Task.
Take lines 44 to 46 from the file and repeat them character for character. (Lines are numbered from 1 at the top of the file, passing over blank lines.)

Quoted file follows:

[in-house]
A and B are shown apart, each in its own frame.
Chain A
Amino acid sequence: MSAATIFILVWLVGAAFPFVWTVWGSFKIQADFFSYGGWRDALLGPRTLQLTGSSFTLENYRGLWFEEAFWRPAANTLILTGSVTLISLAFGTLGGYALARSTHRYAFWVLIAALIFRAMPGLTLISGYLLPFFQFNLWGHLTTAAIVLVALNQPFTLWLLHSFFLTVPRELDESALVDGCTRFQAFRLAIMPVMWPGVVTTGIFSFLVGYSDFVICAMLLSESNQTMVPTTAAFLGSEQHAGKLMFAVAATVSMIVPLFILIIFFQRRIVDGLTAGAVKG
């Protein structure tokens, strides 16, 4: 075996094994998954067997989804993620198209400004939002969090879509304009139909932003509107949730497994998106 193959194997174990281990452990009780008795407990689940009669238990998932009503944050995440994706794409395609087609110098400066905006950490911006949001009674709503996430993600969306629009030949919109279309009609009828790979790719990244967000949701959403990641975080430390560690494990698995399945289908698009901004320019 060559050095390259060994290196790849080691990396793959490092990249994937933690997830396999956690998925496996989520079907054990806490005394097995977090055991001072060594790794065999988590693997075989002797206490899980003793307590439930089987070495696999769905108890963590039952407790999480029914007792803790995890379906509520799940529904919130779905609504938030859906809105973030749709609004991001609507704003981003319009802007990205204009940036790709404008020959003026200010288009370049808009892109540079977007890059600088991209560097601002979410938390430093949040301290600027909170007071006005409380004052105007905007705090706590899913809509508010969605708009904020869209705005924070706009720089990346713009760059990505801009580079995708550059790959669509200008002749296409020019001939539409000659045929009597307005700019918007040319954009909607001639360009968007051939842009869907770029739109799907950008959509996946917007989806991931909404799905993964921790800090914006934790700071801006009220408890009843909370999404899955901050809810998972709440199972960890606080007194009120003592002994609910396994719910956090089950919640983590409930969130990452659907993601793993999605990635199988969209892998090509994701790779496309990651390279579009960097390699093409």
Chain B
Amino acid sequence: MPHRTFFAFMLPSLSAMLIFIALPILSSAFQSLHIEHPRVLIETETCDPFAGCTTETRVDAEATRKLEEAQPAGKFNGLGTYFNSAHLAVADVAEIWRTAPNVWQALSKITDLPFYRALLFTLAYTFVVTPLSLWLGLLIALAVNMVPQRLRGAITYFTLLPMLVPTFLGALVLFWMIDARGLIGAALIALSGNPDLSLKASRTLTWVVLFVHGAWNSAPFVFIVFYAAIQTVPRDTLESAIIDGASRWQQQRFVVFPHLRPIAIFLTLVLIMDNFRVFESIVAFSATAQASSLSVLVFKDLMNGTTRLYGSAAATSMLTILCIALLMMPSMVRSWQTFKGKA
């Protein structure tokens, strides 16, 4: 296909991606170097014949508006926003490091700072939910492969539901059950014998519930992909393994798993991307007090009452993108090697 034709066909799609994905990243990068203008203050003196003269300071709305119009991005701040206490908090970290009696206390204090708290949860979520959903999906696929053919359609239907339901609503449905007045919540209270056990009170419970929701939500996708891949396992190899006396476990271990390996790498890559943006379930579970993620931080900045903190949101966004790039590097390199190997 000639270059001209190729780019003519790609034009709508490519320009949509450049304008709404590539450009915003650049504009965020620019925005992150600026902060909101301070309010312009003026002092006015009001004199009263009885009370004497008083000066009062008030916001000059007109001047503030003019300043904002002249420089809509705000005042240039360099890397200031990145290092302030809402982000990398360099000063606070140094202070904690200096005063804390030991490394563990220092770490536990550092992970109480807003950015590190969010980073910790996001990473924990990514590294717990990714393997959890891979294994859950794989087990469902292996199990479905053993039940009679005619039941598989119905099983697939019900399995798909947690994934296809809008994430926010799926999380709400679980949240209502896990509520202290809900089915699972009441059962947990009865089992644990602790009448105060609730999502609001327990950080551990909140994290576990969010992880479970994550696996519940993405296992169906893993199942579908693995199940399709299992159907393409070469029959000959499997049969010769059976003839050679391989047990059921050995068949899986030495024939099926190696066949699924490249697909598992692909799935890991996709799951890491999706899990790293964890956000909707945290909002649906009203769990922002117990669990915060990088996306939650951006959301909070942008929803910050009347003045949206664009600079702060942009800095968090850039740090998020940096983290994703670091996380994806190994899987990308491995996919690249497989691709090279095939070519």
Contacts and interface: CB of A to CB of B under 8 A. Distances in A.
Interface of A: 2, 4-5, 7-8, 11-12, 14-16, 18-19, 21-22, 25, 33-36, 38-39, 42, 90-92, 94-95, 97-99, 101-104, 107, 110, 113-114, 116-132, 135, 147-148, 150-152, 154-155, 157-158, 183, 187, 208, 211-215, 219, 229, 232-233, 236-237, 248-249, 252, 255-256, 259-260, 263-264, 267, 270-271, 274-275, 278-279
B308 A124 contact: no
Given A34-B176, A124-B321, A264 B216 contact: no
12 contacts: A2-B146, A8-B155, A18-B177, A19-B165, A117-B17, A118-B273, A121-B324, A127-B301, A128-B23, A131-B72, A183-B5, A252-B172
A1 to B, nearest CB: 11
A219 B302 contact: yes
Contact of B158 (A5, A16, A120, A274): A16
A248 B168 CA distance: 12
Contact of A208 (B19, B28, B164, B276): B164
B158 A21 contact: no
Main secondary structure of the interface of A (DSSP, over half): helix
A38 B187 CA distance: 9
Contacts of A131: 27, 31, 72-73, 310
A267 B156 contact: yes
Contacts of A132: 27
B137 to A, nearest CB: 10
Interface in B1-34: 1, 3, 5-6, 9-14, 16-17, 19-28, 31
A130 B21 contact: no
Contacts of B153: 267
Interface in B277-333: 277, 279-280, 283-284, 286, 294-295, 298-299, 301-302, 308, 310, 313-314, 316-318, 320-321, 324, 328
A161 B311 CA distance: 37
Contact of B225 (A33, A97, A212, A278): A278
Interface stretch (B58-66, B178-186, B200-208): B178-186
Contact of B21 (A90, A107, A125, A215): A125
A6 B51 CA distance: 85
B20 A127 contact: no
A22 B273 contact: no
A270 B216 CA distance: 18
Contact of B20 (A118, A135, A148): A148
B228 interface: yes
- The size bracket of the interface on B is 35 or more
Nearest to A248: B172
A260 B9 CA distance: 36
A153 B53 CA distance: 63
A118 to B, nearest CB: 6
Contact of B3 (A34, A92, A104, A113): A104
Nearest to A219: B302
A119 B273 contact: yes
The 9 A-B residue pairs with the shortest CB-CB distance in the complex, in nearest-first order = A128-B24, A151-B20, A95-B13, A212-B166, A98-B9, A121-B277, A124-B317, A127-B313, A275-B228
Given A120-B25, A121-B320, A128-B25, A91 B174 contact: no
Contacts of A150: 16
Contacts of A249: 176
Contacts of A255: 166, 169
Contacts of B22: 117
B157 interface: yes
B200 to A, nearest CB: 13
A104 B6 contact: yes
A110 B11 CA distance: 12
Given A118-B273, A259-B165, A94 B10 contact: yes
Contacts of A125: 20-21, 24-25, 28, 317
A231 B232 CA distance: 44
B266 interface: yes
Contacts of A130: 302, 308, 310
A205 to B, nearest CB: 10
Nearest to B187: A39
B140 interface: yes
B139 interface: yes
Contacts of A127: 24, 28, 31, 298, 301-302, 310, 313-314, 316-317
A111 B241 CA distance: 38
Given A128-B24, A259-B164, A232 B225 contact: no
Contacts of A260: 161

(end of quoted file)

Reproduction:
A118 to B, nearest CB: 6
Contact of B3 (A34, A92, A104, A113): A104
Nearest to A219: B302